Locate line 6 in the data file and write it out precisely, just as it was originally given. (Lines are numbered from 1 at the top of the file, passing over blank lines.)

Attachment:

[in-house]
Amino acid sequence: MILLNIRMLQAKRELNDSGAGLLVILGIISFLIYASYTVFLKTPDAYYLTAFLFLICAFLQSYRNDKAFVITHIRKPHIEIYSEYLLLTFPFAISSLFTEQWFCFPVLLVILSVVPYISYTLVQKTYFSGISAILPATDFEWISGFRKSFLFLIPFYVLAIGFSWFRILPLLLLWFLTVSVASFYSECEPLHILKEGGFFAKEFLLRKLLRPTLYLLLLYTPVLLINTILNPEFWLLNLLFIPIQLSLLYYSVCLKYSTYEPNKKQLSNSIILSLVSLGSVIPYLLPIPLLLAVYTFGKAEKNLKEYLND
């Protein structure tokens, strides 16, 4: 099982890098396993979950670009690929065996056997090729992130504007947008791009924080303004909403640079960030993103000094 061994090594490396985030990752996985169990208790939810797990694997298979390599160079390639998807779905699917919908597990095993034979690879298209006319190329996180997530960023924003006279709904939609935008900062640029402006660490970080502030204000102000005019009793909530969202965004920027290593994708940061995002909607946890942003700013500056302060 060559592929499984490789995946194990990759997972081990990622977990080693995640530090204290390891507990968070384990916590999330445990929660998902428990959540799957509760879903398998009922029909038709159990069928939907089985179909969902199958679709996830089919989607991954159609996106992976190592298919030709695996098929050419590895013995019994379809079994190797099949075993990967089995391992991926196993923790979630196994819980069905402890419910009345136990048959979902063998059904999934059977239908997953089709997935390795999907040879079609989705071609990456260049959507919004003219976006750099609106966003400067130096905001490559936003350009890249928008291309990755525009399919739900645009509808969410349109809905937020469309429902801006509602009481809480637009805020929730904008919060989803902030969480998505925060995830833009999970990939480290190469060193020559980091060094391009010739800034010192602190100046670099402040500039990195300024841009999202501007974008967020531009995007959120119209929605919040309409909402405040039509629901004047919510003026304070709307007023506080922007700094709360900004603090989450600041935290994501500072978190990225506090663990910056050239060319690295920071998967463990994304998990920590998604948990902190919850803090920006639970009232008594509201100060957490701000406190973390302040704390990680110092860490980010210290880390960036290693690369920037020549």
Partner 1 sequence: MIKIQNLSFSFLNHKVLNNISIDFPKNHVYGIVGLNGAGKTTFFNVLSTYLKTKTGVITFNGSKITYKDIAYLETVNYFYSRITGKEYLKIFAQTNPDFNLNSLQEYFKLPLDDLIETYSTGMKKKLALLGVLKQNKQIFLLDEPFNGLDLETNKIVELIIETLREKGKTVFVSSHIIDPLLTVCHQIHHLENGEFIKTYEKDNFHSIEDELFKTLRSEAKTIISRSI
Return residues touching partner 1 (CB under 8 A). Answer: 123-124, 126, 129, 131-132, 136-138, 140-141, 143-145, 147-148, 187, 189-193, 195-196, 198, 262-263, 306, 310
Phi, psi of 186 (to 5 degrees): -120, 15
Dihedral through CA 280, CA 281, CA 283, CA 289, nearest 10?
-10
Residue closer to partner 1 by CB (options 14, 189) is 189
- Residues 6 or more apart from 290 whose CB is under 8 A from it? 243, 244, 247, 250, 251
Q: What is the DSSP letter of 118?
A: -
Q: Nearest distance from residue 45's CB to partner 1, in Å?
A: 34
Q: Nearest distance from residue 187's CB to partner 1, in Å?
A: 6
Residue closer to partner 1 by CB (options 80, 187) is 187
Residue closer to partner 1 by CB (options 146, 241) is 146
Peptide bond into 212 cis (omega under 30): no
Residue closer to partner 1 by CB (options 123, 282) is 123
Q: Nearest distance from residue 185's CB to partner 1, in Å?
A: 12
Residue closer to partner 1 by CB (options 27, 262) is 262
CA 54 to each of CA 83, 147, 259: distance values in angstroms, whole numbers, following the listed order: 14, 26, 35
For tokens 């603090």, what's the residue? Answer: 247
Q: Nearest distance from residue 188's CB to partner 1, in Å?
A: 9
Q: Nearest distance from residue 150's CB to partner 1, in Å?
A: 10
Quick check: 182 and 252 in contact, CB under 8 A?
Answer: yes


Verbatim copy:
Phi, psi of 186 (to 5 degrees): -120, 15